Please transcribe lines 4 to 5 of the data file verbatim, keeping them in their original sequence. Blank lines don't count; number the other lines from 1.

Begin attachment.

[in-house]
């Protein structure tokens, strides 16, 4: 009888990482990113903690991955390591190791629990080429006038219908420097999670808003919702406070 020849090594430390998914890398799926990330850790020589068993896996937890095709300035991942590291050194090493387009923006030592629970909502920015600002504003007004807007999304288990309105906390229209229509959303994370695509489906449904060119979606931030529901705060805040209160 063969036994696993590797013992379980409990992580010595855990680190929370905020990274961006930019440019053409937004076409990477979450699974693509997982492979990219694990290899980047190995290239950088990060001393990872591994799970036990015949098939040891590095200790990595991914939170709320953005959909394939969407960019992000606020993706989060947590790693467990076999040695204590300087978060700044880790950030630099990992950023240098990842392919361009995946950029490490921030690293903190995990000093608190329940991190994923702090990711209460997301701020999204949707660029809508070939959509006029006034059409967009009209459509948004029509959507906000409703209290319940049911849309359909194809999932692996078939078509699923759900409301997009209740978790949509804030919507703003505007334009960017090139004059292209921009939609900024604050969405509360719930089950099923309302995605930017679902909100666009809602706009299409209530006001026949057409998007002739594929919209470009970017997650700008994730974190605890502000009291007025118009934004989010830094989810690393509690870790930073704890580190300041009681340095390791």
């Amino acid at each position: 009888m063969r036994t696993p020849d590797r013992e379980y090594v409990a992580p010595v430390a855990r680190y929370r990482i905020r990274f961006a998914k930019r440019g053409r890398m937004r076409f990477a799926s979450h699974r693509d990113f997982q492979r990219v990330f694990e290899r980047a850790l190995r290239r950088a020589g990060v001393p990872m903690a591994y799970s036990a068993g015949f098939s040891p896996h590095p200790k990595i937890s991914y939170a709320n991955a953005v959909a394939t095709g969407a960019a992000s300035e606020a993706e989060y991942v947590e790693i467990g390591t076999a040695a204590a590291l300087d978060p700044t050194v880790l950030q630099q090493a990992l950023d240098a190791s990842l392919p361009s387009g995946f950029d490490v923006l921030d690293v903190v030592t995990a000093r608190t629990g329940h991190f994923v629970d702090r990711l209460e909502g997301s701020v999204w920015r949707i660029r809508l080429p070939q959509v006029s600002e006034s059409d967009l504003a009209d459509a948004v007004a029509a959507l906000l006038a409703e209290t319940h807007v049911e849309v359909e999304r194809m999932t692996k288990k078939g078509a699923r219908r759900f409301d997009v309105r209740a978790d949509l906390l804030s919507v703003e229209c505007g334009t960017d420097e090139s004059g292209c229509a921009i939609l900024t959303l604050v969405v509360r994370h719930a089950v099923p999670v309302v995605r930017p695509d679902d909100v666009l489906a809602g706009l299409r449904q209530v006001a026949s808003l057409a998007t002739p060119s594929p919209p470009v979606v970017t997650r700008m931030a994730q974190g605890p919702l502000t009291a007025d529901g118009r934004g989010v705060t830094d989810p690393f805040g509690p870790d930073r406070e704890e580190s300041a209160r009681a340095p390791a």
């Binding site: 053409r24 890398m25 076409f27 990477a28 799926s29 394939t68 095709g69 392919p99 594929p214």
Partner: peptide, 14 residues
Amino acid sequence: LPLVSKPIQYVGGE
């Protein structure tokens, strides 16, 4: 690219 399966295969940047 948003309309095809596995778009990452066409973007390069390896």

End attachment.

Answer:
């Binding site: 053409r24 890398m25 076409f27 990477a28 799926s29 394939t68 095709g69 392919p99 594929p214």
Partner: peptide, 14 residues